<p>Measures to restore streams for brook trout to thrive include removing culverts so the trout can swim upstream to spawn. Photo: Sabin Ray, WRI</p>

Measures to restore streams for brook trout to thrive include removing culverts so the trout can swim upstream to spawn. Photo: Sabin Ray, WRI

Importantly, brook trout fishing is big business in West Virginia, and the increased presence of anglers is strengthening local economies and giving the West Virginia communities a welcome tourism boost. Spreading the wealth locally has helped raise awareness and positivity around these local restoration projects, converting important stakeholders, and allowing the projects to be more impactful for both people and nature.

3. Rehabilitating Old Coal Mines Shows the Value of Being Adaptable.

In the 1980s, parts of the red spruce forests, including 2,000 acres of the Mower Tract on Cheat Mountain were strip-mined to remove coal. Today, these former coal mines are part of the Monongahela.

When the USFS acquired the mine in 1989, the mining company had restored the land with non-native Norway spruce and red pine. The trees were planted too close together, providing little habitat for wildlife and no room for native species to regenerate. The USFS is now partnering with key local stakeholders, like Green Forests Work and the Appalachian Regional Reforestation Initiative, to remove non-native trees of little biophysical and monetary value, restore soil quality through decompaction, plant red spruce seedlings, and improve habitat for native wildlife. By using the latest scientific knowledge and tools and developing adaptive management plans they hope to restore this site to a more natural ecological condition.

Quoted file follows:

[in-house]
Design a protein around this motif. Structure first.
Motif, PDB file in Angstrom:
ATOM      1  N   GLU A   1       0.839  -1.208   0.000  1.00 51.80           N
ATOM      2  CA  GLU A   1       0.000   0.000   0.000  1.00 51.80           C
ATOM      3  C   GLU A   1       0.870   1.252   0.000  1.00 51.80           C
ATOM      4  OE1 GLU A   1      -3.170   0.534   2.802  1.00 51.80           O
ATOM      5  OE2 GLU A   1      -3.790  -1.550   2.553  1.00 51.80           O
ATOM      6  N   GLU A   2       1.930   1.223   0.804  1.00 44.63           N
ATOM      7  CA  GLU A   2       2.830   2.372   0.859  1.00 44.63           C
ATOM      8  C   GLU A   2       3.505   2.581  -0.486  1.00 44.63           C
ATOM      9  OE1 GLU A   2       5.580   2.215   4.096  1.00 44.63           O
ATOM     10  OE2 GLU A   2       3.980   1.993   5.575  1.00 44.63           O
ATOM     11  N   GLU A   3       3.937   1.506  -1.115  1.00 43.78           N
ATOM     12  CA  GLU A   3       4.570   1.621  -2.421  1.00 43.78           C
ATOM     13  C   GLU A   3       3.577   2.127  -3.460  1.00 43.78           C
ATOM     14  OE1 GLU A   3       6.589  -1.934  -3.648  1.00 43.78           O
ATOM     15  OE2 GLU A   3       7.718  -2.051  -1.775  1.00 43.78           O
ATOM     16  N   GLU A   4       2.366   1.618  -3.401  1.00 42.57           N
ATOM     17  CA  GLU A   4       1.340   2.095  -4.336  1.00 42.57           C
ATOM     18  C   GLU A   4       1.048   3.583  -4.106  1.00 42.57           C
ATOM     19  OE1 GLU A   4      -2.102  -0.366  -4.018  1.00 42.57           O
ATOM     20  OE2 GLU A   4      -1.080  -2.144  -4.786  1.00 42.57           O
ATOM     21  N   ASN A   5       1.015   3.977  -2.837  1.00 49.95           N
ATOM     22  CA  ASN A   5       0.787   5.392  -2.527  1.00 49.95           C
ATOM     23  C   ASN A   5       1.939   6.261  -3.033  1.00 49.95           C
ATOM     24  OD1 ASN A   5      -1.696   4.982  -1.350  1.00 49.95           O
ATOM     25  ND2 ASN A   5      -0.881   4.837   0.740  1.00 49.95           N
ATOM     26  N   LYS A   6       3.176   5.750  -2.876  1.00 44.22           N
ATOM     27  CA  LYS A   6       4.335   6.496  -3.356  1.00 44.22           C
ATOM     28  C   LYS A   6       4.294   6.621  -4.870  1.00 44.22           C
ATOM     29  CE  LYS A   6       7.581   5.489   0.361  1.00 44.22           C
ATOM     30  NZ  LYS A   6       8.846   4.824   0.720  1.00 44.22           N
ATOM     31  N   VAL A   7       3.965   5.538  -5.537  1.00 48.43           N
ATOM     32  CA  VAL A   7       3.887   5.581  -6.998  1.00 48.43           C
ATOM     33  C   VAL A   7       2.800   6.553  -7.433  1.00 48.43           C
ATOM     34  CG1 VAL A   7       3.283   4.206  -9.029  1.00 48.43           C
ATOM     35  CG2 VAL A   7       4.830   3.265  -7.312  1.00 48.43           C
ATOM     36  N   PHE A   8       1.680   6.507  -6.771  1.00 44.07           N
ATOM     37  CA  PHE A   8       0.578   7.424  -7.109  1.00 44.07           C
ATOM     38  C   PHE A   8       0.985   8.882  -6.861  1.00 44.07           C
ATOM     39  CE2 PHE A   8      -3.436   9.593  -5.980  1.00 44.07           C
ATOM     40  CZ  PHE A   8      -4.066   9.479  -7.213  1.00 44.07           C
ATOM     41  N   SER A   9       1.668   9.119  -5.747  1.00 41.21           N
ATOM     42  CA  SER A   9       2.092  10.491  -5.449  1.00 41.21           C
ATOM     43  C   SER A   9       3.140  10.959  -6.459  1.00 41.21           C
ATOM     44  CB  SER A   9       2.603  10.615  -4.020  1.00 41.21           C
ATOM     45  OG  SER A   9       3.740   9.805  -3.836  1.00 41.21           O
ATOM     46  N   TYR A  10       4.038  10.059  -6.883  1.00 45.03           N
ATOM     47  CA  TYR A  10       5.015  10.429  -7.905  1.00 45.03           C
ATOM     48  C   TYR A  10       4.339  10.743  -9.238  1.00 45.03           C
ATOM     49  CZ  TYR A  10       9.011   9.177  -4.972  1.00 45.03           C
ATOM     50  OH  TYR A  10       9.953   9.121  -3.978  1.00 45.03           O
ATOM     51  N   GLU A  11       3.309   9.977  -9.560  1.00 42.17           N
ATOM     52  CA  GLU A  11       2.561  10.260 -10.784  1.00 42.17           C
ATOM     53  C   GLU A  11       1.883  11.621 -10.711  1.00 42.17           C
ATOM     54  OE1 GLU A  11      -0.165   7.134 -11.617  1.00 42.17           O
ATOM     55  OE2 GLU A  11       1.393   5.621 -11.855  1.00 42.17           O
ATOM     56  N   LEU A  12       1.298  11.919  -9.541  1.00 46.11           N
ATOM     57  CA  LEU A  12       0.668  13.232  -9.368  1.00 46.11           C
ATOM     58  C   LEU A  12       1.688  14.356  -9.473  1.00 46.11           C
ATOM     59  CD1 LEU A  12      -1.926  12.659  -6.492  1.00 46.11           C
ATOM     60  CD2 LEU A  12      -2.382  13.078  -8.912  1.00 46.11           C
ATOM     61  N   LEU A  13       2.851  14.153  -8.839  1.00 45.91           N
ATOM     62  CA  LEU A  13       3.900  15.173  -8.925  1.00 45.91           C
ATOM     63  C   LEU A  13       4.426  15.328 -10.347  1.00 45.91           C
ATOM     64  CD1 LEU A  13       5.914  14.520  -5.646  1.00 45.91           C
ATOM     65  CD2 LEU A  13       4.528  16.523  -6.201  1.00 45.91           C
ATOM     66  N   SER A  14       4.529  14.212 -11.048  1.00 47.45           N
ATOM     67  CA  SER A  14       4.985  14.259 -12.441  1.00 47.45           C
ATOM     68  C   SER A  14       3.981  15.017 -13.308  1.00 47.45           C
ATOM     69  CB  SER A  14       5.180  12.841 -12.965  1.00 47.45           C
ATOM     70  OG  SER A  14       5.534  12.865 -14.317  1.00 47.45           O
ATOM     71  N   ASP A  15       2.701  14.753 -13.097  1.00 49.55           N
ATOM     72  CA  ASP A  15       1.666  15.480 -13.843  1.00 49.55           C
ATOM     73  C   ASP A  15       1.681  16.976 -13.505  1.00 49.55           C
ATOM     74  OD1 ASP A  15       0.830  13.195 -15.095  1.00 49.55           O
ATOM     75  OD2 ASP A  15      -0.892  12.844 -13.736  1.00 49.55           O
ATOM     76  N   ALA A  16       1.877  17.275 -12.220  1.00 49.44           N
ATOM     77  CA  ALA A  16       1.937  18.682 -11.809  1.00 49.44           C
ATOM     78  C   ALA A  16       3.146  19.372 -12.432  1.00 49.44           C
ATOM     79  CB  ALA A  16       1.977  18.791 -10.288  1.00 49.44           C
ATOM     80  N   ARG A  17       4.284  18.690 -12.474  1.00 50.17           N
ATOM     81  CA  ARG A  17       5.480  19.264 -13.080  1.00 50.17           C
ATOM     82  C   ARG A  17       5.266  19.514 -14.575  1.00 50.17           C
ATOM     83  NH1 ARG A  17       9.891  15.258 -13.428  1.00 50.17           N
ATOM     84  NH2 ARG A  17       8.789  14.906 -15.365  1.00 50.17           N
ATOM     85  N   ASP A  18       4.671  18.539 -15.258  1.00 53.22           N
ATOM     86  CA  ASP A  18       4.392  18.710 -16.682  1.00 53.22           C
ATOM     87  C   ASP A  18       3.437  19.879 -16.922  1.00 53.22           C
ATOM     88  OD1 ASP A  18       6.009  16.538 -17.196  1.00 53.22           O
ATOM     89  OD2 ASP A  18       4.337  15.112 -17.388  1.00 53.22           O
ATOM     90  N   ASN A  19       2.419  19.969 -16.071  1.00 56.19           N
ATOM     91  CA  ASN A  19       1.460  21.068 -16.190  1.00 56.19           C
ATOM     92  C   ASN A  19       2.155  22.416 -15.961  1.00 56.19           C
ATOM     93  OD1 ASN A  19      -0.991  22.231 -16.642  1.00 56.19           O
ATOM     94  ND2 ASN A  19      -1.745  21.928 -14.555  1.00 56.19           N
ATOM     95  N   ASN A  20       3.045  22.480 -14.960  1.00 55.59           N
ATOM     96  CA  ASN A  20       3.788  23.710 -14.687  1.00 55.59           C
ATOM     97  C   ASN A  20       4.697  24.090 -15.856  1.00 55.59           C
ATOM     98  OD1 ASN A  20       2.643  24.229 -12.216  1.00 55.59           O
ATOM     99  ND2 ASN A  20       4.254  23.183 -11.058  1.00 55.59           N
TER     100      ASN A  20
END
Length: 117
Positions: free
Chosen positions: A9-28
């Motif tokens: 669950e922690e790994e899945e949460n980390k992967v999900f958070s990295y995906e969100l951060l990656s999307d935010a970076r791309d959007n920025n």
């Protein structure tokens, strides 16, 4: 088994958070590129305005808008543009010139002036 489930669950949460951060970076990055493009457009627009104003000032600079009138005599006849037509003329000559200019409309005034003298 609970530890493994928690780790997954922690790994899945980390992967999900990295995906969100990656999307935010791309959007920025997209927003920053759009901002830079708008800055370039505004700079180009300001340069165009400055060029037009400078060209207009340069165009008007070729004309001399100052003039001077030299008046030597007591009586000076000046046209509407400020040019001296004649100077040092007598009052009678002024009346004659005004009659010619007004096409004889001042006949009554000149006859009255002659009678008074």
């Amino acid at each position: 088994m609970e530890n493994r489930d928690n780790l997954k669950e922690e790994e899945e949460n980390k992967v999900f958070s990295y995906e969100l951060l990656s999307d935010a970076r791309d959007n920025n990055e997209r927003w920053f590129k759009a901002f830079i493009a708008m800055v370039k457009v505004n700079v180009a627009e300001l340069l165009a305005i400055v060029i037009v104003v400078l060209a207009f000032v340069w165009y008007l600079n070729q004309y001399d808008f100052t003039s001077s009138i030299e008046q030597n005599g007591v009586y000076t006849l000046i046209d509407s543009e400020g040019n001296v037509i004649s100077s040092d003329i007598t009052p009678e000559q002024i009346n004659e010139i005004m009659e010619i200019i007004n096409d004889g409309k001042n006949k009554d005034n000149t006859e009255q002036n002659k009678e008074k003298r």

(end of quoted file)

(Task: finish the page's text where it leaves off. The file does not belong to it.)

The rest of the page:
<p>Mechanical removal of non-native Norway spruce is followed by deep ripping to de-compact soils, prior to the planting of red spruce seedling on the Mower Tract. Photo: Sabin Ray, WRI</p>

Mechanical removal of non-native Norway spruce is followed by deep ripping to de-compact soils, prior to the planting of red spruce seedling on the Mower Tract. Photo: Sabin Ray, WRI

First, they remove non-native species and break up the soil—a process called "deep-ripping"—with the help of a bulldozer. They leave the felled tree trunks and branches on the land to "load" the area with organic matter which encourages new growth and the creation of mini-wetlands. Finally, they plant native species. Together, these efforts create an early successional habitat that is perfect for red spruce and the wildlife that depend on it. As USFS Research Hydrologist Pam Edwards highlighted on our excursion, "to restore these lands best we must never stop adapting."

The lessons we learned from the Monongahela enriched our cookbook of recipes for restoring forests and landscapes. The practices we observed, along with their continued adaptation, are living tools that we should harness now and for generations to come.